Skip to main content

Corner of South Milledge Avenue and Springdale St
Our answering service is on 30 minutes before we close

Home » Eyeglasses » Polarized Lenses and Anti-Reflection Coating

Polarized Lenses and Anti-Reflection Coating

Eye Doctor, man wearing eyeglasses with his wife in Athens, GA.

Ordinary sunglasses reduce the amount of visible light entering your eyes. Your eyes already have that ability by controlling the size of your pupils. Our pupils get bigger in dim light to let more light into the eye and get smaller in bright light to limit the amount of light into the eye.  By limiting the kind of light that enters your eyes, polarization provides a level of light management that ordinary sunglasses do not have.

Polarizing a lens is the process of laminating on, or casting in (causing less distortion), a polarizing film to a lens. A polarized film consists of special molecules running in horizontal parallel chains. This film acts as a filter, blocking out light that bounces off reflective surfaces such as water, road surfaces, or water vapor in the air around you. This reflected light is 7 to 10 times brighter than normal daylight and is commonly referred to as glare.

Polarization can be ordered in both non-prescription and prescription lenses. Polarized prescription lenses are available in nearly all lens materials and are made in non-prescription, single vision, bifocal, trifocal and progressive lenses. We can even put polarized lenses in your favorite non-prescription sunglasses! Typically only two colors are available - brown and gray, but many specialty colors are available for certain types of lenses. Polarization cannot be added to existing lenses - it must be requested at the time of order.

businessman looking up slideReflective glare is a problem. While not as intense as a camera flash, glare has a cumulative effect that, over the course of a few hours in the sun, will produce the same effect as a flash bulb. Many vision problems associated with night driving stem not only in the human eye's need for light, but the lingering effects of exposure to glare during daylight hours. Removing unnecessary glare during the day can help reduce the eye fatigue that contributes to nighttime vision problems.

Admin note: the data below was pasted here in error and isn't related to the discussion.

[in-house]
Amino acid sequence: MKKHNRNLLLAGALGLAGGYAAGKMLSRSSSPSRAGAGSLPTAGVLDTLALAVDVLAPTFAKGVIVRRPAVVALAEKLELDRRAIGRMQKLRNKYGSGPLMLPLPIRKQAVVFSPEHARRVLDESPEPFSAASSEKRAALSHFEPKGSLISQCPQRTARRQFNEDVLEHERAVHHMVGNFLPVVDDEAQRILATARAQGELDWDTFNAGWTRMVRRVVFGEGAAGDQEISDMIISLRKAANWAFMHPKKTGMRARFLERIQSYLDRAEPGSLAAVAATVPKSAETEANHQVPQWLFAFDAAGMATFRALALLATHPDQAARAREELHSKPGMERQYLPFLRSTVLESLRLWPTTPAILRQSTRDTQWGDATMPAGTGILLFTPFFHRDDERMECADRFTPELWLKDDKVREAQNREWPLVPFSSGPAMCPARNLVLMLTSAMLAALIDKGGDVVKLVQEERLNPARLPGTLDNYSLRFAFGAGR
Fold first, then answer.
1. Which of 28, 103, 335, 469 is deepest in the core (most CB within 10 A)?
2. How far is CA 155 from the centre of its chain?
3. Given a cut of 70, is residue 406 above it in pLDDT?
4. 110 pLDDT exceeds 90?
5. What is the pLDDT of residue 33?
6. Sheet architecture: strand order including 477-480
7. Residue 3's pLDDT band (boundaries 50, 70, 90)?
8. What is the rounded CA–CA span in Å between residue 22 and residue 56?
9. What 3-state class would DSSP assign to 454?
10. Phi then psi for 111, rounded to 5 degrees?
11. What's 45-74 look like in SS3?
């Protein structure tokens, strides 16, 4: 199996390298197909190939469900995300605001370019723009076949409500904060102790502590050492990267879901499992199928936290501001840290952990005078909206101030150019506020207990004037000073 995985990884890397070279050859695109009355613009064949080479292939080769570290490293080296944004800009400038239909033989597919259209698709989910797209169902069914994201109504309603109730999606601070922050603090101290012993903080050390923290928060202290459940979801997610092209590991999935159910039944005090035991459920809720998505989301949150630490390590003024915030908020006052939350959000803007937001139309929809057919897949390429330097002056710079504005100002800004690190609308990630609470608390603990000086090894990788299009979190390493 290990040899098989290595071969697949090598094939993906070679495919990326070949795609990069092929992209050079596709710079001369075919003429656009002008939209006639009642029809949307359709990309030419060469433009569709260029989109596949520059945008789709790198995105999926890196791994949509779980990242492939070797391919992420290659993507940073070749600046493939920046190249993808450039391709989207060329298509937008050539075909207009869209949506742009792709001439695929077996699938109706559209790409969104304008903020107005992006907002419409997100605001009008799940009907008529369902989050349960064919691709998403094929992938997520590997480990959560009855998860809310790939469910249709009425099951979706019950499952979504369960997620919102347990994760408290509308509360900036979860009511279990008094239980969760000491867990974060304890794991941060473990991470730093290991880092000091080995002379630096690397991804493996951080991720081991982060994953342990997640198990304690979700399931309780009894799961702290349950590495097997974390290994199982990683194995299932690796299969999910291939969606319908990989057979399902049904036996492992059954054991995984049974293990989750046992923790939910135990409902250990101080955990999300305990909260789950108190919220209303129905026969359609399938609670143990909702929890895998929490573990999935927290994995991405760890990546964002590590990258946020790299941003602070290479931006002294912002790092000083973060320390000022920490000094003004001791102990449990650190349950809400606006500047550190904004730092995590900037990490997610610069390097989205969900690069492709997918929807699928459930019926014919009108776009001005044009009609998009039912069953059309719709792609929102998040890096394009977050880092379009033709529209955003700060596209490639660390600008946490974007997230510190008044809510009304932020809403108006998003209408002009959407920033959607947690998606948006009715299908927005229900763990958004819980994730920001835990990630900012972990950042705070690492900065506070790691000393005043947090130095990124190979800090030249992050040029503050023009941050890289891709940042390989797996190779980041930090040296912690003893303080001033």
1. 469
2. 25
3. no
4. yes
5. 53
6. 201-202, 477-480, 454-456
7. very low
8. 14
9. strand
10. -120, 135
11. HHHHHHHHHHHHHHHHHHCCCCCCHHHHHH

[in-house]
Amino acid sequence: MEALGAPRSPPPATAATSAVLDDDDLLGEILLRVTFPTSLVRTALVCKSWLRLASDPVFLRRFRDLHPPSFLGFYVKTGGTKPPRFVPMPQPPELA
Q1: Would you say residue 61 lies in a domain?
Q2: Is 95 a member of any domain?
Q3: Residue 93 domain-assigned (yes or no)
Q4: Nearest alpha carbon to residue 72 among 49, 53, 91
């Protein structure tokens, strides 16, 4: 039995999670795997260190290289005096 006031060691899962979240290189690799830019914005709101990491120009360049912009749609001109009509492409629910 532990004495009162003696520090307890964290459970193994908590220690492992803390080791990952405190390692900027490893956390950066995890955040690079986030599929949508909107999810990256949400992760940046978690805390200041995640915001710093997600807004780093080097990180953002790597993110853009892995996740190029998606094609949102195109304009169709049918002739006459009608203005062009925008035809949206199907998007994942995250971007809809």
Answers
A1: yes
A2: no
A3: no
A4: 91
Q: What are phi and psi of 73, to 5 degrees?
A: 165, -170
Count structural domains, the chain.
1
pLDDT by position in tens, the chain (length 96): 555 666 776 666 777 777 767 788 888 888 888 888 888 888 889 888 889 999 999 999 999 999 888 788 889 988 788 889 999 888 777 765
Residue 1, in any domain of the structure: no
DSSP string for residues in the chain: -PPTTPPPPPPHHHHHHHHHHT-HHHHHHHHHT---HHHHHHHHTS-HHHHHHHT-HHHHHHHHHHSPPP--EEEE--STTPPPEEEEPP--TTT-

You need to protect your eyes from harmful ultraviolet sunrays by wearing sunglasses. How much glare you block is up to you - standard lenses help, but a high-quality polarizing lens can make a world of difference in how fatigued you are at the end of a long drive, a day at the beach or even an afternoon in the back yard. Polarized lenses can give you better ability to see detail than just standard sunglasses and they allow you to see bolder color. In summary, polarized lenses help you relax and see the world in a whole new way.

Anti-reflection coating or AR coat enables better vision by decreasing reflections off of your lenses.  This coating also helps your lenses "disappear" since people looking at you will also not see reflections on your lenses, just your eyes behind them.

Use of an anti-reflective coating on your glasses helps to reduce the amount of glare produced as light passes through your lenses from outside sources, including computer monitors. An anti-reflection coating allows more light to pass through your lenses and is one of the few lens options that will provide a direct improvement of your vision. If you also use your glasses for driving, the anti-reflective coating will make a night commute home much more pleasant by reducing the glare produced by oncoming traffic and street lamps.